New Product: SDP101 Power Modules

Do you have an application with a TO-220 linear regulator that you’d like to replace with a switching power supply for improved efficiency?

The SDP101 series power modules are now available starting with the 3.3V output device. These modules feature a simple three-pin design (VIN, GND, VOUT) and are compatible with most TO-220 linear regulators. With a max operational input voltage of 5.5V and standard fixed outputs of 3.3V, 2.5V, 1.8V, 1.2V, and 1.0V these will surely find quick use in the lab or in your next product. Custom fixed voltages available upon request.

Check them out here: SDP101-3V3 Power Module (3.3V Output)

Time-of-Flight Laser Distance Sensor, PMOD Compatible

Available for sale on Tindie!

Shield Digital Design is proud to announce our latest product: the PMOD compatible Time-of-Flight Laser Distance Sensor based on the ST Micro VL53L0X. The sensor has a range of up to 2m, and included both the right-angle header as well as straight header for flexible use. (The VL53L0X is mounted to the bottom of the board such that it would face away from the development board when used with a straight header). The 6-Pin PMOD interface includes the I2C bus, shutdown, and an interrupt output.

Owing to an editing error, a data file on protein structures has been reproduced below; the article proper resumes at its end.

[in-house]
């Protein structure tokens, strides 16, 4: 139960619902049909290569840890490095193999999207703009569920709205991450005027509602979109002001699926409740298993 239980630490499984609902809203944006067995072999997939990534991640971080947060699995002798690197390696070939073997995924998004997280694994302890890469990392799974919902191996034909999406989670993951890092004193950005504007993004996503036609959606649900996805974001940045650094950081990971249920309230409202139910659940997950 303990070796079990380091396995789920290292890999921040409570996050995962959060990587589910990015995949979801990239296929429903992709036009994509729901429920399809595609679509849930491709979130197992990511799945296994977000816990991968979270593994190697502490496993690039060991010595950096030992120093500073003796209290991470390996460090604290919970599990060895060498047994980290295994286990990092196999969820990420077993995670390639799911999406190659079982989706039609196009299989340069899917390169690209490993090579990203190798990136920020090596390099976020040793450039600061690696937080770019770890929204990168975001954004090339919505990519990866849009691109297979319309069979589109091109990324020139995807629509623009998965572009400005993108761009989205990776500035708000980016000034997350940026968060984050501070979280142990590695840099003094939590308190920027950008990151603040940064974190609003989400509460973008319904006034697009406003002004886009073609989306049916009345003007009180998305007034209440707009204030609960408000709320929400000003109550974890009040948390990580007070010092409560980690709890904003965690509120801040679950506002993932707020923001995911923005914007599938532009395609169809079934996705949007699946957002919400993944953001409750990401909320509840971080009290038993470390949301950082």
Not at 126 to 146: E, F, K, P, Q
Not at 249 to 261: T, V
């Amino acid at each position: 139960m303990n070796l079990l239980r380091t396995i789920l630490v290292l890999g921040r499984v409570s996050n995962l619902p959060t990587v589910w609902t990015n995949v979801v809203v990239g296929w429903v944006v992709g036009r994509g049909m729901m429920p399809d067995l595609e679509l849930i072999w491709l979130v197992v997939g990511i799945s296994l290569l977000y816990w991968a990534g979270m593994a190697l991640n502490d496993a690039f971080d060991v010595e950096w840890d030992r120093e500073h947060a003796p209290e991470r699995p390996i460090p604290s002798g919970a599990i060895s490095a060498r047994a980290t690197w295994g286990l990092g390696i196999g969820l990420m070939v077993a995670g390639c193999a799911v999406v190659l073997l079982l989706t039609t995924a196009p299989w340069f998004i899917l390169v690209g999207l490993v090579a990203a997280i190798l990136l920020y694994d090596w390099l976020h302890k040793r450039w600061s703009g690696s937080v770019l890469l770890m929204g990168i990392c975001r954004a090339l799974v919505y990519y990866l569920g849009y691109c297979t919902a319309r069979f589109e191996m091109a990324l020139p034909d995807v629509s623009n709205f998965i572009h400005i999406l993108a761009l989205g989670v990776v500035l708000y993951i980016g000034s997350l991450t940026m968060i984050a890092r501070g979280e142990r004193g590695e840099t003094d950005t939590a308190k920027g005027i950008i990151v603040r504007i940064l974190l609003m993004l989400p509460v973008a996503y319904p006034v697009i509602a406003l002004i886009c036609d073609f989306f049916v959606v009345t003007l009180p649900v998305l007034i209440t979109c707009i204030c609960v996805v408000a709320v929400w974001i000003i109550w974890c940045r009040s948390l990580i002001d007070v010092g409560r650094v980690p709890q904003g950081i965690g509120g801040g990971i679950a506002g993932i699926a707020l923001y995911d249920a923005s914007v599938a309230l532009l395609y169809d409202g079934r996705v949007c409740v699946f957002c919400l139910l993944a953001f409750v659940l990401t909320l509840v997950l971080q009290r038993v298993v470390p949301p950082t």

Schematic is available here: TOF_Ranging_Sensor_Kicad.

Please contact me for information about how to purchase!  (Thanks to https://github.com/johnbryanmoore for the software I use to test these devices)

Front view
Back view
3d CAD View, Top
PCB Dimensions

3d CAD View, Bottom
Sensor test application running

 

You might have noticed that VCC and GND are swapped on the photos of the device… the files for the prototype run erroneously flipped the pins on the schematic, but the correct pinout was used for the production devices.

A Way Forward for fRISCy

The original idea behind fRISCy was to begin with the FE310 RISC-V microcontroller, mate it with an FPGA for highly configurable processing, and package it in the familiar Raspberry Pi form factor. While the basic premise has not changed, we’ve decided to switch from an Artix-7 FPGA over to a Lattice iCE-40. There were a couple of comments about including the RISC-V microcontroller, but using a closed FPGA, so this change will allow for full development using open source toolchains! Look for updates to the fRISCy page in the next few weeks. Here are a couple more key points about the change:

  • Attempting to reduce the PCB layer count to 4-layers in an effort to reduce costs
  • Will keep Ethernet and SYZYGY connectors as they are primary connectivity
  • Will reduce connections to the FE310. As many IO functions as possible will be handled by the FPGA, with a high-speed SPI interface between the FE310 and FPGA. This will allow the FPGA to simply act as a SPI peripheral to the FE310
    • I2C to the GPIO header will probably be shared between FPGA and FE310
    • One RGB LED will remain on the FE310
    • All other open pins on the FE310 will be routed to the FPGA for use as GPIOs or IRQs

Original Block Diagram